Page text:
The Gobbins cliffs in Islandmagee run almost continuously between the sea-ports of Whitehead and Portmuck, so that these two tiny harbours were the only places the cattle trade from Dalway's Bawn to Scotland could operate from. This 100-year old romantic painting of the Gobbins does not capture the terror which these cliffs held for me as a young boy. There were sea caves that could only be explored by boat, and I remember being taken in a local fishing boat from Boneybefore - the only time I ever saw those caves up close.
In the 1960s we could still walk along parts of a cliff path from the Whitehead end, but the footbridges had collapsed before the stretch where the caves were.
The Gobbins path was built as a tourist attraction for visitors traveling from Belfast to Whitehead on the newly constructed railway in the late 1800s. It was a marvel of engineering with iron suspension bridges giving spectacular access.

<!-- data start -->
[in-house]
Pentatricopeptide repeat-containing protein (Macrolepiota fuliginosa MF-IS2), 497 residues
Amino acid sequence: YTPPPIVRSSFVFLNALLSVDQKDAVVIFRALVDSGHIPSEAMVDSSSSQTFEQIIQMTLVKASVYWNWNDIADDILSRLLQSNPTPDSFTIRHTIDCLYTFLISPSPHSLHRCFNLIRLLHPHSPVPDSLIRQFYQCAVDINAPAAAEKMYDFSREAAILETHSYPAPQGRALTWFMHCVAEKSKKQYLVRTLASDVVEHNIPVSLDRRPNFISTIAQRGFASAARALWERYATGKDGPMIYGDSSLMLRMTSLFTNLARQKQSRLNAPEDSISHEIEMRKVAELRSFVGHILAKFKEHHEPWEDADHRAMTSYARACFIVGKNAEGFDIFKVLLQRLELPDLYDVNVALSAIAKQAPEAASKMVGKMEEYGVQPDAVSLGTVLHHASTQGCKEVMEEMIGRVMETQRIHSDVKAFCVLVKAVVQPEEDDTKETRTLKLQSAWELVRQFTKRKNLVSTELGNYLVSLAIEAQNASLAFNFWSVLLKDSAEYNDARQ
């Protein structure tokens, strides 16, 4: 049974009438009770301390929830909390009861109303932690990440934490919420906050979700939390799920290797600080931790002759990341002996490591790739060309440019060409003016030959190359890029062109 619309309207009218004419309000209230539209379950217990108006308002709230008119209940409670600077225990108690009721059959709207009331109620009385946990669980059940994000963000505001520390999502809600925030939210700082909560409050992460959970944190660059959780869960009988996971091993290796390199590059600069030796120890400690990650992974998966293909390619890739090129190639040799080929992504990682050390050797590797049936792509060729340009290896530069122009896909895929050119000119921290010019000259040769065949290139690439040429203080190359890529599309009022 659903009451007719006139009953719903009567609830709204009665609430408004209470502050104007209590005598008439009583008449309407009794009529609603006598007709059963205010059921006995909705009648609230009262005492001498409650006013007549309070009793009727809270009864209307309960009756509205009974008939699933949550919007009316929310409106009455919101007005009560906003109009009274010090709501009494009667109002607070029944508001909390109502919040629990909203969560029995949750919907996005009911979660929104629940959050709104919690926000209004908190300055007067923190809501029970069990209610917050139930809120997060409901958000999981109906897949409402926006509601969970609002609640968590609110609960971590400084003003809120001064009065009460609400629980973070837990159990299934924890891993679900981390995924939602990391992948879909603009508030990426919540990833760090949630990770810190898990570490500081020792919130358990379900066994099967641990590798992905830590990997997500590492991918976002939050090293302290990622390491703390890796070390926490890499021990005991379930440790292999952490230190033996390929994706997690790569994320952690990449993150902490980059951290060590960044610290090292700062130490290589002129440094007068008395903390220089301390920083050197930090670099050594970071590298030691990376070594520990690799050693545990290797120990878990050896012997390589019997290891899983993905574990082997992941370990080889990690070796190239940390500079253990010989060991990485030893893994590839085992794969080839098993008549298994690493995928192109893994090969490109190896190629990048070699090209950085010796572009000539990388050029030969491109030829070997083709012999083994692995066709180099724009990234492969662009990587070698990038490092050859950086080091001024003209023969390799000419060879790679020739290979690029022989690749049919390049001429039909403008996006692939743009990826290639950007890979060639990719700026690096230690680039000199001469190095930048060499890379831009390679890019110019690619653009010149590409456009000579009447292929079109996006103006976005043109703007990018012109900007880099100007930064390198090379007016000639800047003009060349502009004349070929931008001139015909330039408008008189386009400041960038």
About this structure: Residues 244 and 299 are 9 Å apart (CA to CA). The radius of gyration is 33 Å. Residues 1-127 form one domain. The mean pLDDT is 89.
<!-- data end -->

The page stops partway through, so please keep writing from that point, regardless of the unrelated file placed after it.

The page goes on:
As a boy, we could actually 'tight-rope' walk across some of the remaining girders, until the whole path was closed off for safety reasons in 1961.
But the real terror for me was when we would walk along the cliff tops. I had - and still have - a fear of heights, but the Boneybefore boys were intent on adding seagulls eggs to our collection. Egg-collecting is of course illegal and regarded as 'bad behaviour' now. But we thought it was only bad if you ignored the 'one-egg-only-per-nest' rule.
It was the other lads who went down the cliff, not me! But that wasn't because of any scruples I might have had about egg-collecting. The last time we tried it my friends got stuck half-way down, and called up above to me to go and get a rope from a farm. So off I went to the nearest farm across a few fields as fast as my trembling legs could take me. The two men in the farmyard just shrugged their shoulders as if a cow had got out of the field again, lifted two ropes hanging ready, and effected a rescue. Hardly a word was spoken, even back at the farmhouse where we were given a cup of tea. "Ye'll stick to the road in future then?" the older man said. "Ay", I said, and meant it.